Bitcoin in the Philippines: Lessons for Emerging Nations



I was recently invited to join a panel at Geeks on a Beach, a tech startup conference on the holiday island of Cebu, speaking to a tech-savvy audience eager to learn more about one of my favourite topics: Bitcoin and Remittances.

My Bitcoin panel included Nick Sullivan, founder of ChangeTip, a service making it easy to send Bitcoin to people who write things you like on the internet, and Sam Kaddoura, founder of, a place to buy Bitcoins in the Philippines. The panel was moderated by Ron Hose, founder of and my co-panelist at Inside Bitcoins Hong Kong and Echelon 2014 Singapore.

While wealthy nations are funding apps that say "Yo", grassroots tech incubators in emerging countries are quietly figuring out how to solve issues that increase their quality of life. Real solutions to real problems - this is was the essence of the Geeks on a Beach conference.

How the Philippines Connects and Makes Payments

Filipinos Love Social Media

The Philippines has a culturally diverse population of 100 million, scattered over an archipelago of over 7,000 beautiful tropical islands. How do the citizens stay connected? The answer is social media.  Filipinos are among the most active social media users in the world, illustrated by a remarkable 98% Facebook penetration rate and Makati City being named Time magazine's Selfie Capital of the world for Instagram selfie shares.

Social media is used extensively, both by citizens and government bodies. Cities and regions have their own Facebook pages and Twitter accounts. Public services are monitored, and called out by the populace when they don't do their jobs properly: there is no hiding from a tweeted picture of rubbish left uncollected.

Pre-Paid Mobile Talktime

Credit card penetration, I was told, is less than 10%in the Philippines and a similarly low proportion of people are 'banked'. This is due to Filipinos’ preferences for avoiding debt and not spending money they have yet to earn (an attitude the West may very well wish to consider).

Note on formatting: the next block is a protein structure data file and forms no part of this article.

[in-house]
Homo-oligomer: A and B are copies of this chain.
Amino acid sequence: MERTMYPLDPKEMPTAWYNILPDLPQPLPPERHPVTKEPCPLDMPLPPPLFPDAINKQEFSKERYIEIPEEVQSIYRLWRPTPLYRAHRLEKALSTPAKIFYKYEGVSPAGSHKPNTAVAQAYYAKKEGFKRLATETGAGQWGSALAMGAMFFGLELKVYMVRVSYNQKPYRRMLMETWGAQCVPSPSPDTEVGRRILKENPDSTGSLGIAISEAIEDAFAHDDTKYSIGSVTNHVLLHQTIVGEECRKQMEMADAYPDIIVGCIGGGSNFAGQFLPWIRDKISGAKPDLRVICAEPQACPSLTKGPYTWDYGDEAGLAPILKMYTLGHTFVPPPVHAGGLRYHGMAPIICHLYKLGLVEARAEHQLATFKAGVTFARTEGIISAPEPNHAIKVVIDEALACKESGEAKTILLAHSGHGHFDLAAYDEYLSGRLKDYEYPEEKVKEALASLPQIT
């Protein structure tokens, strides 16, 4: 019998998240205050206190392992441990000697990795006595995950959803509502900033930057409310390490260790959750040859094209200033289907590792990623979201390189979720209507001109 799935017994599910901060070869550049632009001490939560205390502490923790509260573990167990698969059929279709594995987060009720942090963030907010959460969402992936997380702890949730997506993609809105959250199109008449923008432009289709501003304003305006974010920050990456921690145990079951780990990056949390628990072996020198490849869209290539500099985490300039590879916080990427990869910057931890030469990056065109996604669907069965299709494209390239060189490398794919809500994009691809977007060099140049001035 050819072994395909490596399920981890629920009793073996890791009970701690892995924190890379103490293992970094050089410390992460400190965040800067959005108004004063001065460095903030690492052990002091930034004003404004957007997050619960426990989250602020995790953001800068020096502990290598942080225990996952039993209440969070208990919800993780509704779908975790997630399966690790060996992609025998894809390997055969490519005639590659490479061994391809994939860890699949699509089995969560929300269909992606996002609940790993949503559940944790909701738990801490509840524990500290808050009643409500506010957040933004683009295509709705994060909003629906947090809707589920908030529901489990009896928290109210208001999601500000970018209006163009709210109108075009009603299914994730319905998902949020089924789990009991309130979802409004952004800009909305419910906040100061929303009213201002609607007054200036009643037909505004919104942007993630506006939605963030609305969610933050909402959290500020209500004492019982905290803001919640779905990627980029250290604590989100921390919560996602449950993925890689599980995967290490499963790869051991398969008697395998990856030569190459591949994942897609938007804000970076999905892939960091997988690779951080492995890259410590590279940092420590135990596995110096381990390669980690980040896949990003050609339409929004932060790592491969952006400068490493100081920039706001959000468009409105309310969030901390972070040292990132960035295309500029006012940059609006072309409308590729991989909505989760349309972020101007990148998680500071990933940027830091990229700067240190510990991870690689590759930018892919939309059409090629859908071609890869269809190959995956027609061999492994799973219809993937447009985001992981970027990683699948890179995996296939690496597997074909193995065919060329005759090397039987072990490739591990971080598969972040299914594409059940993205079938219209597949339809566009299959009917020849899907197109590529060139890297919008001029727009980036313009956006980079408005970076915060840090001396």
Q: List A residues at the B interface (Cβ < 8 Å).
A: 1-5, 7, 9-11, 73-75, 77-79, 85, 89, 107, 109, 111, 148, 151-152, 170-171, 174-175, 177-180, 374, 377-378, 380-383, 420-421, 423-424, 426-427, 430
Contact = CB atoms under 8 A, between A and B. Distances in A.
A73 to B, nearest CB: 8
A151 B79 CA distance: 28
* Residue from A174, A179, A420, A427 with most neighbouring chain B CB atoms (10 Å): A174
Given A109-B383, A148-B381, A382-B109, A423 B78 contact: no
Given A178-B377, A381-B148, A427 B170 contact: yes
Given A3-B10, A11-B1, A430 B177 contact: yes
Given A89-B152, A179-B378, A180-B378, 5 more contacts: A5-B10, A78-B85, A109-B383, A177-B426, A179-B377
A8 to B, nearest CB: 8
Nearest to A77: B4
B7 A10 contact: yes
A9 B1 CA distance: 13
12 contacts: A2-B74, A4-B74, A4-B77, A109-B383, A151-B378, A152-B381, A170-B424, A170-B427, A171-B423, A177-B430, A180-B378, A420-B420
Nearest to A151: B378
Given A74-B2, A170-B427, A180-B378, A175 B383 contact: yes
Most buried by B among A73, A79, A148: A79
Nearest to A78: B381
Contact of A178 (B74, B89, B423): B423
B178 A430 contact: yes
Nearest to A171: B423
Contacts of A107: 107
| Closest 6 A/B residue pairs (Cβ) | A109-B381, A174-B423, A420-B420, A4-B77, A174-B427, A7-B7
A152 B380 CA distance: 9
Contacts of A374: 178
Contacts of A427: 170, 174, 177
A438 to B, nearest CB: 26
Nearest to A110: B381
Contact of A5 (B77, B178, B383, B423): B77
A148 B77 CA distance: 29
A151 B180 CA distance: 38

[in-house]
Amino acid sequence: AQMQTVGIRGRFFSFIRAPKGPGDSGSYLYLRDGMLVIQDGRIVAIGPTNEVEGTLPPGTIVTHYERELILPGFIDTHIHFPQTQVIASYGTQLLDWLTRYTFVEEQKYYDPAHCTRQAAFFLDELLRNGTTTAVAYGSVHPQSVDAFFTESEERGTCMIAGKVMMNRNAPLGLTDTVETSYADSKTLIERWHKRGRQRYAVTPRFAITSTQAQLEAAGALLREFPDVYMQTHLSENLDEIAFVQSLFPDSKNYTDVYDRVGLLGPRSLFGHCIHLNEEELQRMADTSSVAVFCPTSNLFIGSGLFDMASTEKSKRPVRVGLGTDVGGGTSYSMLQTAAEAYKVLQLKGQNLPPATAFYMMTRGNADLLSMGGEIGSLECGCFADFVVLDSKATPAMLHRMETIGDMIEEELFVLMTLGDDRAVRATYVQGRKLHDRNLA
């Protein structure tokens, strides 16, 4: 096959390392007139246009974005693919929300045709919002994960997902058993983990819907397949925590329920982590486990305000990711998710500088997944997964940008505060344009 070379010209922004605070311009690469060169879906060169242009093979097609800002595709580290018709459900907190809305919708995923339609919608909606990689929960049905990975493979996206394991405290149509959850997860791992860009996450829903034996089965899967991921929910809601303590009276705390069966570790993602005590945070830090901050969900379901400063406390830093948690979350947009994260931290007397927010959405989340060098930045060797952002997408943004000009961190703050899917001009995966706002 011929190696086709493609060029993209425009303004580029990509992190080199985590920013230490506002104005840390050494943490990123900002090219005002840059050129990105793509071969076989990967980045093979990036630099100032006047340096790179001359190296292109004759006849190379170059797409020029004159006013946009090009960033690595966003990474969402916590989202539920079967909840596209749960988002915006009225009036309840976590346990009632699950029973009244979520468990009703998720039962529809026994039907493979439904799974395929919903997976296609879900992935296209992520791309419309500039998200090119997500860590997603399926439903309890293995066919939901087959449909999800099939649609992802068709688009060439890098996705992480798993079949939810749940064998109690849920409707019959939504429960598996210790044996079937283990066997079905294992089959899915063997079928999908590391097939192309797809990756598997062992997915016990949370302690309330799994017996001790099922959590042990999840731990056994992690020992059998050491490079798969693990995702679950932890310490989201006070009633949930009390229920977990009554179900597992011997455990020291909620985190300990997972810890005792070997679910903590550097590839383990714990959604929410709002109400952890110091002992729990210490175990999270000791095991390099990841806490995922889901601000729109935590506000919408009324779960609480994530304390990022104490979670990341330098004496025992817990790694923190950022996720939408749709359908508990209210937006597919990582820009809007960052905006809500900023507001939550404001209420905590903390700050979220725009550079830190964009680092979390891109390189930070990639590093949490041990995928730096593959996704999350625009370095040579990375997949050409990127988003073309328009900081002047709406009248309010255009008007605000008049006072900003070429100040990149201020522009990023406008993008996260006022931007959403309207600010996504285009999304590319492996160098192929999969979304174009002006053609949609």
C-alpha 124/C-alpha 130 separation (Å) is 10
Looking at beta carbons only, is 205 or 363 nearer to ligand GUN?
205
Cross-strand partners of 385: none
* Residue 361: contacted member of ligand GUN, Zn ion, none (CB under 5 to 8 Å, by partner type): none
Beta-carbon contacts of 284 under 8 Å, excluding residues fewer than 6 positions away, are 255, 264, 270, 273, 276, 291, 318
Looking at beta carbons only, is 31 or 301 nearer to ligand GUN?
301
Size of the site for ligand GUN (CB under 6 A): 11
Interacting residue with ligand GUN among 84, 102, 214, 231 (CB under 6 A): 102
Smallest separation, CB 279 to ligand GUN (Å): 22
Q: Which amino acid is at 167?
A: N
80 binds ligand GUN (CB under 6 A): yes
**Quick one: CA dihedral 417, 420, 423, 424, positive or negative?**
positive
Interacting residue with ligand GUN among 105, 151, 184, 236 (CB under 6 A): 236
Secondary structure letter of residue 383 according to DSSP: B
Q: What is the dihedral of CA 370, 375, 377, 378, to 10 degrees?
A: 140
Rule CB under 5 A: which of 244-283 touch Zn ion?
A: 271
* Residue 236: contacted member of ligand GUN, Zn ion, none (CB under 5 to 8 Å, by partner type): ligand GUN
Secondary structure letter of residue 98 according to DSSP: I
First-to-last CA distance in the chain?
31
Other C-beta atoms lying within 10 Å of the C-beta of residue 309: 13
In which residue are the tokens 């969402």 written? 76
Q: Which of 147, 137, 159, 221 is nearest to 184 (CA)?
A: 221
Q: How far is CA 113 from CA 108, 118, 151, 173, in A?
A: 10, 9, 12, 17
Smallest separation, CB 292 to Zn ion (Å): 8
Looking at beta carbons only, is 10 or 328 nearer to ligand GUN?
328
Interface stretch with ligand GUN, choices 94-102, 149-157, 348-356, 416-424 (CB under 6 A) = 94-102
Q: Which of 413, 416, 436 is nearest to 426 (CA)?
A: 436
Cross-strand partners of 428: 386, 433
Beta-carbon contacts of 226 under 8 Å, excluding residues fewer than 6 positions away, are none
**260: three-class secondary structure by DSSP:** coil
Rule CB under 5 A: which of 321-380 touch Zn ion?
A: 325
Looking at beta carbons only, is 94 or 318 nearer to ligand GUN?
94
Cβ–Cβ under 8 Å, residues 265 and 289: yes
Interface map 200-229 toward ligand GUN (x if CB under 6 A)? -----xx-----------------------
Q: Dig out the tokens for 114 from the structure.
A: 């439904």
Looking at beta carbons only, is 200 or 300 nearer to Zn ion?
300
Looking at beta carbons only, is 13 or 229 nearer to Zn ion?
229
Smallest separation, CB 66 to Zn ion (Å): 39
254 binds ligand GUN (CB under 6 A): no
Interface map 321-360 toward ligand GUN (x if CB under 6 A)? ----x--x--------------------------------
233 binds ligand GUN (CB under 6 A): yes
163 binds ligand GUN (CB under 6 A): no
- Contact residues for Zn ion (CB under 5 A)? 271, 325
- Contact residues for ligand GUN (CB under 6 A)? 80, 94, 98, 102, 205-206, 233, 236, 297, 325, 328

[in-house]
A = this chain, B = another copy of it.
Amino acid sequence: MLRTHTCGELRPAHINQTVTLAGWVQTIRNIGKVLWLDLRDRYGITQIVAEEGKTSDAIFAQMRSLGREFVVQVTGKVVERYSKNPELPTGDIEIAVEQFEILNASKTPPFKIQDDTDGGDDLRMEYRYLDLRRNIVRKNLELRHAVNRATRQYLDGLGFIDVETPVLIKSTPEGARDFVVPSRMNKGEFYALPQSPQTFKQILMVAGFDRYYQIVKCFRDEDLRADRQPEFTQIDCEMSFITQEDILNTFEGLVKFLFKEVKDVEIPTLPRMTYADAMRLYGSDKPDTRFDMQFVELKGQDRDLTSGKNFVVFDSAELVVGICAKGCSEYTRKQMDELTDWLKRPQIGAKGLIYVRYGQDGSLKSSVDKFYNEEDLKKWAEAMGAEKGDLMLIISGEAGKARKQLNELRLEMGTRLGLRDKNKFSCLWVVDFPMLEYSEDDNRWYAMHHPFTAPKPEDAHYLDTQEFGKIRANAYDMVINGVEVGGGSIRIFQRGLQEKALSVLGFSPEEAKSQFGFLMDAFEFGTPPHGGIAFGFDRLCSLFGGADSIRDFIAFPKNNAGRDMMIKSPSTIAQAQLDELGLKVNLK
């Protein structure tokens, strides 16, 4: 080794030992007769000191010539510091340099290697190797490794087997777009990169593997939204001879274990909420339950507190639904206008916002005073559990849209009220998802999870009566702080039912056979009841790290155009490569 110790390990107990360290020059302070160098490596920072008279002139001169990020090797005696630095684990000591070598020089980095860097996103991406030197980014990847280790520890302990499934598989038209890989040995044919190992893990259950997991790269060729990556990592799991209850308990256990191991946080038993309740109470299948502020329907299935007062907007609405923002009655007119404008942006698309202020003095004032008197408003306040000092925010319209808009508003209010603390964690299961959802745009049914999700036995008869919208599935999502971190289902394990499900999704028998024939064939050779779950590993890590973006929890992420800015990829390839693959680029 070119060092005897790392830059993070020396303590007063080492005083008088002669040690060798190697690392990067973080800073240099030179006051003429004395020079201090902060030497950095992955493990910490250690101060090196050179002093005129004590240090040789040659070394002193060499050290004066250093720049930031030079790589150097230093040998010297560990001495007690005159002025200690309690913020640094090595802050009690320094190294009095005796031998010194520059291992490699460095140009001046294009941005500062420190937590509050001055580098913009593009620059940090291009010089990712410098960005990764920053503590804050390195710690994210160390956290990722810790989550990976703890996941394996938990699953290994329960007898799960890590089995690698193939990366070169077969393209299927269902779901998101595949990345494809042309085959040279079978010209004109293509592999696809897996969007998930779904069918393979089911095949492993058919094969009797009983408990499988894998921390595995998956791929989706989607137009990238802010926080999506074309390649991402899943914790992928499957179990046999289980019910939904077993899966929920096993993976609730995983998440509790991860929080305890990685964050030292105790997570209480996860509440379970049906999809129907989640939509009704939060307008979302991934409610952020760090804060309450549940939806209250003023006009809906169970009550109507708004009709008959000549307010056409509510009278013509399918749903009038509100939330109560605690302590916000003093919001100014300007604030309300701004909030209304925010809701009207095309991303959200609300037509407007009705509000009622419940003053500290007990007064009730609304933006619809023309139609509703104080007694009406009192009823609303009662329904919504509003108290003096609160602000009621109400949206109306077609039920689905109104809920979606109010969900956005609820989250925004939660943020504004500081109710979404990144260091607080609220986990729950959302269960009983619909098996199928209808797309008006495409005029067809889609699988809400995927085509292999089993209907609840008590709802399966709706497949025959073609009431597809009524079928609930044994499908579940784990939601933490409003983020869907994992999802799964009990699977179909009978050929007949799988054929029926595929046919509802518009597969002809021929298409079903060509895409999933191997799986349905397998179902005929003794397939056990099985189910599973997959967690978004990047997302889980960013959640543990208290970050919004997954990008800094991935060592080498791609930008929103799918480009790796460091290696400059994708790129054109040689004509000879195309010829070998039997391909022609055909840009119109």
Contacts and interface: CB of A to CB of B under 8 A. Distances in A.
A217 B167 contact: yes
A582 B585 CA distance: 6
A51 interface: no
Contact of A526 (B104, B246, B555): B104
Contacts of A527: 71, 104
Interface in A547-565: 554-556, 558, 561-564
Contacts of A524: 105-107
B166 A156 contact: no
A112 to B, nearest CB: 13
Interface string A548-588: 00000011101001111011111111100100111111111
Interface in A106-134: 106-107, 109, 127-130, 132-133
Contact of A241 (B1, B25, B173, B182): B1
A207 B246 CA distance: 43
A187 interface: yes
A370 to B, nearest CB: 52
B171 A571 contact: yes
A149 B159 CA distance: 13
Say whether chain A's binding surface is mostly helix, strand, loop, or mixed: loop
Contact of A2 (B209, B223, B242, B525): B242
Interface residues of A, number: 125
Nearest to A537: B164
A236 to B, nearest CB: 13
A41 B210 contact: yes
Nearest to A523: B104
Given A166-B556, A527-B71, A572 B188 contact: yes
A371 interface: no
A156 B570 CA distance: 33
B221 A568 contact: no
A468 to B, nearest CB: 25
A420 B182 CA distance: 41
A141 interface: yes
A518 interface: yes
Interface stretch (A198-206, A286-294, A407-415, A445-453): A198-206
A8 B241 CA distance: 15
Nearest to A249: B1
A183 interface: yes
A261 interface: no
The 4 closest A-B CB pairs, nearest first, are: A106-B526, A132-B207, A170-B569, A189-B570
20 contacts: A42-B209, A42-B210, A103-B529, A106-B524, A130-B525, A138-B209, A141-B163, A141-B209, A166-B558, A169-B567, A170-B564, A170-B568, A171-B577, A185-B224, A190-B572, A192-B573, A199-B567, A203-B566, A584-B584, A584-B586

But even the unbanked want and need to transfer value. A popular solution is pre-paid mobile talktime which is used extensively for payments. Although pre-paid mobile talktime, like Bitcoin, is valuable and useful, it’s acceptance is limited by its own ecosystem.

Bitcoin Could Reshape Commerce in the Philippines

Bitcoin transcends phone operators, geographies, politics, and borders. It is the ultimate pre-paid talktime: decentralised, and universally compatible. Making Bitcoin easier to acquire and distribute would push merchant acceptance and create a compelling ecosystem that opens the world to the unbanked and the unbanked to the world.  

Bitcoins would allow the unbanked to make payments both domestically and internationally for a good or service. This is a game changer for merchants, increasing their audience, marketplace and reach.

Lessons for the Emerging World

Although in many ways the Philippines is unique, we can extend the lessons learned to similar emerging economies. Nations with poor financial infrastructure and those where many citizens lack a physical address and can't get bank accounts or credit cards (or choose not to) are natural candidates for digital currency adoption. With added leadership, coaching, and funding to the nascent entrepreneurial startup scene, the Philippines has the potential to become a testbed of social finance applications for other emerging economies.

I look forward to working with bitcoin and digital currency companies in the Philippines. While wealthy nations will build the essential infrastructure and ecosystem for cryptocurrencies, the greatest social impact will be witnessed in the emerging world.